3. Improve your teaching practices

What is active learning?

In active learning, the learners actively participate in their own learning experience. It is the opposite of learners passively sitting while their teachers drill information into their heads. Teachers have many teaching methods at their disposal, to encourage active learning. The CAPS curriculum for the Commerce subjects recommend project work and problem-solving tasks to encourage active learning.

Why active learning?

Both the CAPS curriculum and international ESD guidelines promote active learning. Why? When learners actively explore an issue, they are more likely to develop an interest in it, and their curiosity drives learning. When learners actively come up with solutions, they can develop a sense of agency and ‘can-do’ attitude which is so important for entrepreneurs and active citizens alike. When they try out their solutions, e.g. in a project, they develop a whole range of important academic and life skills. When they reflect on the outcomes of their efforts, their learning deepens even further. Active learning is important for responsible citizens and higher order skills. It is informed by constructivist and socio-cultural theories of learning.

Active teaching and learning in CAPS

For more about this topic, have a look at this Fundisa for Change booklet on the Active Teaching and Learning in CAPS. This booklet suggests that we need both a content rich curriculum, and activities for learners to actively engage and develop the required learning outcomes. The booklet introduces the metaphors of “learning through acquisition” and “learning through participation”, from the educator-researcher Anna Sfard. Teachers are encouraged to plan their teaching and learning activities for BOTH!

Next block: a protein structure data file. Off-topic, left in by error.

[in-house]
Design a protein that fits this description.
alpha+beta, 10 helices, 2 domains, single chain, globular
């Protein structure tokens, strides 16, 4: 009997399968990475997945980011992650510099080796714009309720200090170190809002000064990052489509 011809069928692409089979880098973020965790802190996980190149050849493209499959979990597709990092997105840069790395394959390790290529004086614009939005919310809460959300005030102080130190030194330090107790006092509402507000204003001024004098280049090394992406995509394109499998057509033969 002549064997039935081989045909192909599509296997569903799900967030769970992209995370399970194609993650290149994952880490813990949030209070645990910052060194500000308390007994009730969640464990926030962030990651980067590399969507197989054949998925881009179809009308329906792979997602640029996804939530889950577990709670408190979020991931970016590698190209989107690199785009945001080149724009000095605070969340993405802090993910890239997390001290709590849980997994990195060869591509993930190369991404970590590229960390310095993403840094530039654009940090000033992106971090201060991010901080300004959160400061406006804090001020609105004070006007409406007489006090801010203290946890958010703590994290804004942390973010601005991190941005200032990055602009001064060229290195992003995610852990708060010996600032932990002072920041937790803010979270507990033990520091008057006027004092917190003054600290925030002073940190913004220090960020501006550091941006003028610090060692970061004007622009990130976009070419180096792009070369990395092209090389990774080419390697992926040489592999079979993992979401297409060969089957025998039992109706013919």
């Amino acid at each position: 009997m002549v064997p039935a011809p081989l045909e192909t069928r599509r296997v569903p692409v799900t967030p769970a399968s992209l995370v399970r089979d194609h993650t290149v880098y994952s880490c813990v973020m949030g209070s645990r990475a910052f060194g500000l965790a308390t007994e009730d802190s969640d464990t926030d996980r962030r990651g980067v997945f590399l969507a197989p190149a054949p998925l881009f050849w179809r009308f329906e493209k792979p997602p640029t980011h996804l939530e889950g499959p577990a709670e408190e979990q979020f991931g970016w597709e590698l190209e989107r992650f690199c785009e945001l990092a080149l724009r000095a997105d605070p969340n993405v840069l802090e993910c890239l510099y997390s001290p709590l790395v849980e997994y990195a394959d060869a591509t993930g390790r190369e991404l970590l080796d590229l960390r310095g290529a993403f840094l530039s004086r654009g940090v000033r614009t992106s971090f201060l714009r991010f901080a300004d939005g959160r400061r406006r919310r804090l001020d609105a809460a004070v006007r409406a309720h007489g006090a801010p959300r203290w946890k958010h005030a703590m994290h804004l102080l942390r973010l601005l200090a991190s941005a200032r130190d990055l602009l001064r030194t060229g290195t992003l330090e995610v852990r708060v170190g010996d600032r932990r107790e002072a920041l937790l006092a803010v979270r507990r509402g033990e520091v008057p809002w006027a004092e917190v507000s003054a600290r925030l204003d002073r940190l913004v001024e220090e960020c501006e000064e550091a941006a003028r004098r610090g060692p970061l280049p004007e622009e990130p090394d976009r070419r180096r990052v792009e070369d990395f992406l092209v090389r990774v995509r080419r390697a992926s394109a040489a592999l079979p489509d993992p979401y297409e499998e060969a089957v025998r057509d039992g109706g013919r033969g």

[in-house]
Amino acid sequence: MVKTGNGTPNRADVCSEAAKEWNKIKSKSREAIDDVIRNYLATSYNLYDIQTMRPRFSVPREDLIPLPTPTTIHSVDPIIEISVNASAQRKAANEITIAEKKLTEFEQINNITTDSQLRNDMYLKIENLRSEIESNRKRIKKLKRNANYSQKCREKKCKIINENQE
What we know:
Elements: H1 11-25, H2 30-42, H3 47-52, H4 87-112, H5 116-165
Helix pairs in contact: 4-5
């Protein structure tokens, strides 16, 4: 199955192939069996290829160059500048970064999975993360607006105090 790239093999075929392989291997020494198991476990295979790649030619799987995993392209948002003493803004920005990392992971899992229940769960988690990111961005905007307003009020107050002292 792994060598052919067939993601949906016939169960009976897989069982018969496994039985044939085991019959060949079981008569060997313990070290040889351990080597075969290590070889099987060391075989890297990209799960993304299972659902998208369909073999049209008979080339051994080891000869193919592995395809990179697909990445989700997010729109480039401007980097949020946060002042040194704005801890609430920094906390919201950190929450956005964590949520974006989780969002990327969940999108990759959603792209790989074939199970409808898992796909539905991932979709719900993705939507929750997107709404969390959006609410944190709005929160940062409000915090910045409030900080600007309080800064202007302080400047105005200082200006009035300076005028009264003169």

Methods and processes for teaching ESD

If learners are to be prepared to become responsible citizens and entrepreneurs, it is important that they are actively engaged in learning in ways that model sustainability. There are so many ways in which this can be done: through learner and group projects, learner-led investigations, action projects to tackle a problem, field trips, enquiries based on visits to landfill sights or recycling depots … even through a good lecture or a video clip as an inspiring starting point! In this slide presentation, we explore the active learning model developed by Professor Rob O’Donoghue a bit more closely, and in the three exemplars available here (#1#2#3), you can see how the active learning model can be put into action using simple classroom practices.

For more ideas, and importantly, for the educational thinking behind the different methods and processes, have a look at the Fundisa for Change PDF below.

The purpose of the booklet is:

  • To help us as educators broaden the range of methods we are comfortable to use.
  • To encourage us to think more carefully about how we use methods, and about the assumptions we hold about learning and teaching.
  • To enrich our methodological frameworks so we can use our methods with greater educational intent, towards stronger learning outcomes.